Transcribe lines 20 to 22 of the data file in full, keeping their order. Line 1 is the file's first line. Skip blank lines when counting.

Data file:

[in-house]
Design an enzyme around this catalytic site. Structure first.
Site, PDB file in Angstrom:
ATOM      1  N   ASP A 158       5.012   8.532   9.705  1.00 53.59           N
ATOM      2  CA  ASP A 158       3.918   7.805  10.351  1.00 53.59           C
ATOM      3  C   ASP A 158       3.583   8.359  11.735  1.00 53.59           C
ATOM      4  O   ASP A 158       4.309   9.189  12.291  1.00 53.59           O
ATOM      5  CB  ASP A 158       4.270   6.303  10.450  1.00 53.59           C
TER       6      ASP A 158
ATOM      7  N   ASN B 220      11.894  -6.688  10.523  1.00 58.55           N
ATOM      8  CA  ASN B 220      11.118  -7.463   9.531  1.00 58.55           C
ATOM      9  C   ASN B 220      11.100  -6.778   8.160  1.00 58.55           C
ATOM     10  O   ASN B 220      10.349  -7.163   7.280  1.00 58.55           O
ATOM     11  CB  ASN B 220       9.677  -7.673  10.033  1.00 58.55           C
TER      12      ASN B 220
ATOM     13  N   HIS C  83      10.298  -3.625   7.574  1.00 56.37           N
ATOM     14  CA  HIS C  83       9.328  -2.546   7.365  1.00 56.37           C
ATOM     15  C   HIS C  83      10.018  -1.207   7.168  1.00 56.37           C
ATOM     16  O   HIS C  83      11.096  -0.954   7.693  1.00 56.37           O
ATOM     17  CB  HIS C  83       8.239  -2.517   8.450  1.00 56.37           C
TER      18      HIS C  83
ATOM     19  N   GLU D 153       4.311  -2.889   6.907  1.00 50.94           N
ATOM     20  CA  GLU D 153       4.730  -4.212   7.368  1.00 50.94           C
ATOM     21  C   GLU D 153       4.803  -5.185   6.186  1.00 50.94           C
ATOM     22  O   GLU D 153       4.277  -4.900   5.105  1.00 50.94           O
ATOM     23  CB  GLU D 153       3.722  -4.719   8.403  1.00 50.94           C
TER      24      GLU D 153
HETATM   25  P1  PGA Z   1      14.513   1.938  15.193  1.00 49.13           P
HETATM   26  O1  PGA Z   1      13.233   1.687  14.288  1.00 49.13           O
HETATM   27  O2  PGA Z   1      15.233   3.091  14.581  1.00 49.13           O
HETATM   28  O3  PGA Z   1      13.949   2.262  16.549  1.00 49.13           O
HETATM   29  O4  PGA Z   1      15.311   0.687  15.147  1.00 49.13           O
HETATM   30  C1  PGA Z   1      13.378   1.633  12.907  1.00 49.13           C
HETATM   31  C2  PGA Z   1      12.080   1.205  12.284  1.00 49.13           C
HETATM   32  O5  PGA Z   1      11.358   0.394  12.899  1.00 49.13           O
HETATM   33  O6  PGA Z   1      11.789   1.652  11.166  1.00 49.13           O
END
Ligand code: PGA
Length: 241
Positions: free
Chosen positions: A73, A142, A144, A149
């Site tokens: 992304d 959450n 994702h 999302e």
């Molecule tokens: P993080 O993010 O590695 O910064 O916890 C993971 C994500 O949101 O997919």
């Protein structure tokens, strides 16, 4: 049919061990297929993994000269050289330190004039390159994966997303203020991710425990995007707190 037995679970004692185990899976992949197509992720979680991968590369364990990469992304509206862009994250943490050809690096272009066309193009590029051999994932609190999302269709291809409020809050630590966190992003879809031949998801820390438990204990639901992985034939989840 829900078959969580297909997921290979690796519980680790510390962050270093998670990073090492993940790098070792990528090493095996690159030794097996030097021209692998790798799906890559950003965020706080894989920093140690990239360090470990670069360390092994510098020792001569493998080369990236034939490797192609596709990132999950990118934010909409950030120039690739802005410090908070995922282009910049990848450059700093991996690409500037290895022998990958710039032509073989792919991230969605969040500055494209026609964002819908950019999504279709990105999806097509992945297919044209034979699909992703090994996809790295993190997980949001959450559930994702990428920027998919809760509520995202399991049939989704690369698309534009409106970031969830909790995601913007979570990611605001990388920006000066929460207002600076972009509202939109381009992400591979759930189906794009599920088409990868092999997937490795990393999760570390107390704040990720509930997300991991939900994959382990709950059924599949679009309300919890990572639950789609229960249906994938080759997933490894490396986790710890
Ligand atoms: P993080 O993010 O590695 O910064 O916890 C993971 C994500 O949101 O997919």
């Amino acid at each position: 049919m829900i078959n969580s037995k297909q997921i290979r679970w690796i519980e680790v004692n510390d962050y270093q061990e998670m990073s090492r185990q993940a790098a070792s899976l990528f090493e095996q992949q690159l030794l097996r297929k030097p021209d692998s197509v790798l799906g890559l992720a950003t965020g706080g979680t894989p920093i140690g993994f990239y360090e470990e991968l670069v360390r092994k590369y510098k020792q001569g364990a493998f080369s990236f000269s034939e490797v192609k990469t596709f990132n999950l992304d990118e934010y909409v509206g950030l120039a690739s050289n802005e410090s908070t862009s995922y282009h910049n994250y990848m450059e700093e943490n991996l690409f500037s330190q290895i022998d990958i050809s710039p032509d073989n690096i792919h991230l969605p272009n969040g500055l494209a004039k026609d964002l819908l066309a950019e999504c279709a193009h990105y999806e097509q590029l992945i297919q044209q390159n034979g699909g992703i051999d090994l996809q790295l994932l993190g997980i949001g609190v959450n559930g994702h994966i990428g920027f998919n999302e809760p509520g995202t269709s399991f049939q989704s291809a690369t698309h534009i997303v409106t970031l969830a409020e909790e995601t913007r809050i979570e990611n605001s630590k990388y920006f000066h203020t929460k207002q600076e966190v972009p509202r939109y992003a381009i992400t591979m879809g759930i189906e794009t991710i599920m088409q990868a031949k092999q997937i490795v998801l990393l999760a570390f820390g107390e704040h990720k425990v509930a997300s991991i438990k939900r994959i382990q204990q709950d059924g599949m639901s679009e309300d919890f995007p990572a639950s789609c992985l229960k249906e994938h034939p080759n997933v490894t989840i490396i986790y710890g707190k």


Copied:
ATOM     17  CB  HIS C  83       8.239  -2.517   8.450  1.00 56.37           C
TER      18      HIS C  83
ATOM     19  N   GLU D 153       4.311  -2.889   6.907  1.00 50.94           N